Aunt Annie was a petite little lady and I always remember her finding time for a young country girl who liked to visit. If there were customers when I came to call, she would leave them to her husband to wait on them and invite me into the main part of the house and serve me cambric tea and a cookie. What I did not realize was the fact that Aunt Annie was going blind. I had heard Gramma and mother talking about “Annie’s troubles.”

When I was six years old, diabetes meant nothing to me. Later, when as a teenager I came to Brewer to visit Aunt Annie and she’d become totally blind, I understood what a devastating illness it was; especially in those long-ago days when they did not have the treatments they have today.


As I have said before, I liked to call, and in Brewer I had quite a few relatives to visit. Aunt Emily, Zenas and Mary, and the Will Richardsons, with a large room of interesting things, especially the dolls and toys. I do not think that Aunt Roseann, Gramma’s sister, she of the Larkin product, could have been living in Brewer at this time as I have no recollection of visiting her.


However, looking back over the years with a much clearer perspective, I think the relatives were happy to see me as they could question me on how things were going at the boarding house and I think that I sensed that.   There were a few relatives (but not all), who expected Gramma and Father to fall on their respective faces, as board in those days was at a minimum and to raise five hundred dollars was an impossibility.


All of our Brewer relatives knew why Gramma had taken the boarding house, as one of them had secured the job for her. So, when a young cousin repeated to me what she had heard her parents talking over, loyalty to my family got the better of me and I told he were going back to the farm with the mortgage money the following week. I was about six months premature and Gramma looked a bit puzzled when it was mentioned to her. I think she knew by the look on my face who the informant was. The day they really paid off the mortgage and went to wherever they were supposed to pay it, I was strangely silent. This was in the springtime and I was delighted to be going back to the farm. The two girls, Annie and Sadie Hanlon, who had waited tables promised to wheel out to see us which they did and often spent the weekend with us.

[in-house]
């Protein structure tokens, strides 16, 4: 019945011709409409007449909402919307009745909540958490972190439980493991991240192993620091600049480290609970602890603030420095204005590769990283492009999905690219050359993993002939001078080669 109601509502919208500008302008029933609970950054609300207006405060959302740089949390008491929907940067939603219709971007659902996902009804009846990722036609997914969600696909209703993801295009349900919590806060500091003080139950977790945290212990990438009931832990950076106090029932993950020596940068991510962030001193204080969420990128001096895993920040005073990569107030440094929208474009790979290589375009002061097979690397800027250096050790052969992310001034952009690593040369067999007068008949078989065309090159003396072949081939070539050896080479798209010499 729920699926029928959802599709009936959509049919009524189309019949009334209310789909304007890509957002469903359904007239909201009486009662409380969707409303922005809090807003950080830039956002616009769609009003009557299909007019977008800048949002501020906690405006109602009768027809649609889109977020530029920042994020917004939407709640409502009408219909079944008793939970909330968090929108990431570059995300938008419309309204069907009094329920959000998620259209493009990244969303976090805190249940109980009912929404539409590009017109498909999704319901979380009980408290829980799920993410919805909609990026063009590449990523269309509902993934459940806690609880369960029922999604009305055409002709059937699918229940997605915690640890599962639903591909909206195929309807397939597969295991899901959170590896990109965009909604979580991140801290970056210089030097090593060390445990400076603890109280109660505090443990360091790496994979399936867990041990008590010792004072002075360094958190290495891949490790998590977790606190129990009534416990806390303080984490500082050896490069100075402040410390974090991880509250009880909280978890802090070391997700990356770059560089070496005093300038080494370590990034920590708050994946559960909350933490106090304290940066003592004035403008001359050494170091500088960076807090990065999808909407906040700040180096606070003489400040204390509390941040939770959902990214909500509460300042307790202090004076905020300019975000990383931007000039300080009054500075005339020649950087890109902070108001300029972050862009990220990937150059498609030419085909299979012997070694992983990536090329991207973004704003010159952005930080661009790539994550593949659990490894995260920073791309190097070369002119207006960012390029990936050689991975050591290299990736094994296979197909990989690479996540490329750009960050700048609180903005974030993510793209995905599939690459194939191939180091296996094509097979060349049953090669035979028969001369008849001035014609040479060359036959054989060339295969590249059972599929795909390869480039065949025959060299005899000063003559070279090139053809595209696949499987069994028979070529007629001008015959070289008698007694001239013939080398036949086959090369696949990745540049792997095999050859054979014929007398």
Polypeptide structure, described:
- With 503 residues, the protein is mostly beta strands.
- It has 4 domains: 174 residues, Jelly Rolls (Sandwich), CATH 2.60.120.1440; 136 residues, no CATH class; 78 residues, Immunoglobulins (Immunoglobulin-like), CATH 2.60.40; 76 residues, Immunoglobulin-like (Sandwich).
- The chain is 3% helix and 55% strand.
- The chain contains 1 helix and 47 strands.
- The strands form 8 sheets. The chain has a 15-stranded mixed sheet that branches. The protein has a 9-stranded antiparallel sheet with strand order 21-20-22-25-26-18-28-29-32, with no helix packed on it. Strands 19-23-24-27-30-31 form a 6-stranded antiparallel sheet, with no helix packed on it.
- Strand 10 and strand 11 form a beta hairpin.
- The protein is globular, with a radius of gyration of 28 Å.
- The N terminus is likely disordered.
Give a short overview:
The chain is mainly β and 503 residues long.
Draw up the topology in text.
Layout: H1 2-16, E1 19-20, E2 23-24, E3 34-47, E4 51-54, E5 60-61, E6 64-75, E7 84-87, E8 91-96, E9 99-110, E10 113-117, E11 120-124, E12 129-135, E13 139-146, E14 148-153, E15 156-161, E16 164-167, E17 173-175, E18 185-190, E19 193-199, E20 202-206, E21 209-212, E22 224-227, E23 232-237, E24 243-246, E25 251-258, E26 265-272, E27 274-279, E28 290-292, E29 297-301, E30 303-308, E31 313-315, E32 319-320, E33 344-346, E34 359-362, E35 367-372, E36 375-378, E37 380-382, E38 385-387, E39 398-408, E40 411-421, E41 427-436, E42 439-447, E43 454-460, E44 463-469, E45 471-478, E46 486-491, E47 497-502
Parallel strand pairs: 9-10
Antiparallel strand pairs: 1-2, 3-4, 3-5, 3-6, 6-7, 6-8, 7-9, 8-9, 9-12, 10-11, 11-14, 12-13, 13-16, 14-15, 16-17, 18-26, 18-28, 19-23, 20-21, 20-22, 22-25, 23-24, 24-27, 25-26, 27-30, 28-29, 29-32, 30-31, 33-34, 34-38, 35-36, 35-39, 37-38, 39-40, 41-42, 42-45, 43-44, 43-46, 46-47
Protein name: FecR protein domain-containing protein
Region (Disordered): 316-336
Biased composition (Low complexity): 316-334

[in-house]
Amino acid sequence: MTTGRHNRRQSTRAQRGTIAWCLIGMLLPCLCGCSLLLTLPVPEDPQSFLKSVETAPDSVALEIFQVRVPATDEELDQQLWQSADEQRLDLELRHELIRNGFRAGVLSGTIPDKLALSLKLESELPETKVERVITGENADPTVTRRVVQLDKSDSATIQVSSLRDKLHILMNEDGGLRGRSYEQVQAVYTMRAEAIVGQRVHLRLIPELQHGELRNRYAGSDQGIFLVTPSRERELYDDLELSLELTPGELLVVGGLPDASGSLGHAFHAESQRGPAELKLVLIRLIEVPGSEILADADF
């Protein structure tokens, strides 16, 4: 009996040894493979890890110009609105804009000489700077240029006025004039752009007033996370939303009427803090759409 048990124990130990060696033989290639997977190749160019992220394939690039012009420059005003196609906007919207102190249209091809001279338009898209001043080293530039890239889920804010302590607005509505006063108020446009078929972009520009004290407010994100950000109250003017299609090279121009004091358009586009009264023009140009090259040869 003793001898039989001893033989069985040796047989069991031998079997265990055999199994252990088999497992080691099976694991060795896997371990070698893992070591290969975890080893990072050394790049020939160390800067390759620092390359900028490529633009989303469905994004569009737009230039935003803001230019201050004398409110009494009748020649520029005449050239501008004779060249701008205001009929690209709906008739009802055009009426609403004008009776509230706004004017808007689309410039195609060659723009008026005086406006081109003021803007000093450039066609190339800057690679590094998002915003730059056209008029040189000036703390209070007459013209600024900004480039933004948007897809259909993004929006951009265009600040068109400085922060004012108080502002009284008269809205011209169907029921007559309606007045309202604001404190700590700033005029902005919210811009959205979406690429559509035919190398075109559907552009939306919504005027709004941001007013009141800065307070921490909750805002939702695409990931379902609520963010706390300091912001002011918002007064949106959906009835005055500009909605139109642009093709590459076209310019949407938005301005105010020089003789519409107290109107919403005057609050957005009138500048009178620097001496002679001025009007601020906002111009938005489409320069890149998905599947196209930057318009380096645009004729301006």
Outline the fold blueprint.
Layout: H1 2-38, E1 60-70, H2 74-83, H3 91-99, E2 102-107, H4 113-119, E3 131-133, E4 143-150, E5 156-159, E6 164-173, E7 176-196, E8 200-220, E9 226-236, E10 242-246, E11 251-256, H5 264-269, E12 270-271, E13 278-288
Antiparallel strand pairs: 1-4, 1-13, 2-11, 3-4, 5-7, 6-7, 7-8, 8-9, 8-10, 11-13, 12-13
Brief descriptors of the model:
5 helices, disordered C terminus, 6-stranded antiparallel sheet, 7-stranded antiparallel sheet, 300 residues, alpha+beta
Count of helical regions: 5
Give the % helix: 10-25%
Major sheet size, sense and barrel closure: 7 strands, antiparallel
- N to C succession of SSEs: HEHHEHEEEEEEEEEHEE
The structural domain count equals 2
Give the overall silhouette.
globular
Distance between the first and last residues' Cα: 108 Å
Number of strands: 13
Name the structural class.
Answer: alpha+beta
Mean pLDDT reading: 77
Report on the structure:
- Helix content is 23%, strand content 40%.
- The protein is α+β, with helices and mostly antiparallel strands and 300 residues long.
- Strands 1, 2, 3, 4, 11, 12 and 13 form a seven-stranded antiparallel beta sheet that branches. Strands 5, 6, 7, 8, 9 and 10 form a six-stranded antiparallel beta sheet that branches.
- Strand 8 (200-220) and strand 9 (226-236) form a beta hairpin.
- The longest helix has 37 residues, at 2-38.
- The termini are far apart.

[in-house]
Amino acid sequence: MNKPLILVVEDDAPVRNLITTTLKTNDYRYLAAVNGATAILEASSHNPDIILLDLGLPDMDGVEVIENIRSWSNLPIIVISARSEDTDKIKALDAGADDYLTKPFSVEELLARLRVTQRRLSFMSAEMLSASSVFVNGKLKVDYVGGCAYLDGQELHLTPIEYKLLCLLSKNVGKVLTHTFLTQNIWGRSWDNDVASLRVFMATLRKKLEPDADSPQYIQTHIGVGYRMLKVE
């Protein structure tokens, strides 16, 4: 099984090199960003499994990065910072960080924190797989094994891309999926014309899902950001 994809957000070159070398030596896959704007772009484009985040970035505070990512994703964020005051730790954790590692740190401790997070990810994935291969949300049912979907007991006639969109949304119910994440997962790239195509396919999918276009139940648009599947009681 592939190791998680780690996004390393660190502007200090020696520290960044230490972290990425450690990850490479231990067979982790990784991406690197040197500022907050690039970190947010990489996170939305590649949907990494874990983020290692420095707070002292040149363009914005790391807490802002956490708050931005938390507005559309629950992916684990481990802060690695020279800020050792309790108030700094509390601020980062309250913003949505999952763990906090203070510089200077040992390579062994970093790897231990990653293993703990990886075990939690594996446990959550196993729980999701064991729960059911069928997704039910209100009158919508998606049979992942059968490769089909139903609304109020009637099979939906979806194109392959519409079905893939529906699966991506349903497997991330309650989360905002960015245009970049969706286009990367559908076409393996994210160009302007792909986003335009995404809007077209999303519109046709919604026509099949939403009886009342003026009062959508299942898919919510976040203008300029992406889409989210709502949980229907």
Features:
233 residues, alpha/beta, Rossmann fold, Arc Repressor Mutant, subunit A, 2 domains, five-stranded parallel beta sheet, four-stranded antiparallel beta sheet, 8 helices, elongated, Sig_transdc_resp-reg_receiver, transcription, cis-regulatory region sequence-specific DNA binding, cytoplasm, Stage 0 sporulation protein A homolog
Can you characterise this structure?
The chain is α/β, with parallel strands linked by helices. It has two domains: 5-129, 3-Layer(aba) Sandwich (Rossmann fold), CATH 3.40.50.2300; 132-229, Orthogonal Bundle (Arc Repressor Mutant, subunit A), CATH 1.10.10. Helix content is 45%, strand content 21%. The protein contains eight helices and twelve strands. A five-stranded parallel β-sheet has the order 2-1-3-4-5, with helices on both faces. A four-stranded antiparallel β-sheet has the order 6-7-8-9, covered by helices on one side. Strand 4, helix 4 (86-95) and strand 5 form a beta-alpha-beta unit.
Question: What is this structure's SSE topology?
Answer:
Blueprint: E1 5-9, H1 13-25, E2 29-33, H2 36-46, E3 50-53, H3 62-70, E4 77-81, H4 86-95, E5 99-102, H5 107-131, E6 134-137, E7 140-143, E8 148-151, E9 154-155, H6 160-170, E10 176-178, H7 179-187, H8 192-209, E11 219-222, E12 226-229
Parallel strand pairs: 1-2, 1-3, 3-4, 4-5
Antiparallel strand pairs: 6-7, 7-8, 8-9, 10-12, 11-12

Evidently my sister Mae and I had been exposed to the measles and we had only been home a week when we both came down with them. Beds were brought down into the back parlor, our infirmary. Mother fully expected my brother and the new baby Alice (who was born in Brewer) would come down with the disease, but thankfully they did not.


In calling on aunt Annie Richardson at her shop in Brewer, I naturally had noticed the lovely dolls she had for sale and possibly, just possibly, dropped a hint that I would be overjoyed to be a mother to one.   Surprise, surprise! When Mae and I were convalescing, Gramma Sarah brought us two big dolls from Aunt Annie’s shop which compensated for all the pennyroyal tea we had been obliged to swallow.


Doris Lyford’s “Golden Years” column appeared in the Bangor Daily News in the early 1980’s. A selection of those articles is available at the Resource Center, thanks to the contribution of Susan Xirinachs.)









                                WE NEED YOUR PHOTOGRAPHS!!!!!


The Resource Center is developing a photographic history of Brewer for the last 40 years. We need to get photos of life in Brewer and you can help!


Please help us by providing photos that we can scan and place into our collection. Many people are asking for Brewer history since the 1950s and while we have an excellent gallery of early photos we need your generation


Please look through your photographs for those that show how Brewer has changed. Do you have pictures of schools, churches, buildings, street scenes, businesses, people, transportation, etc………. YOUR HISTORY IS THE HISTORY OF BREWER.


Please call David Hanna and he will scan your photographs. There is no need to give them up, we just need to borrow them. (989-2245 or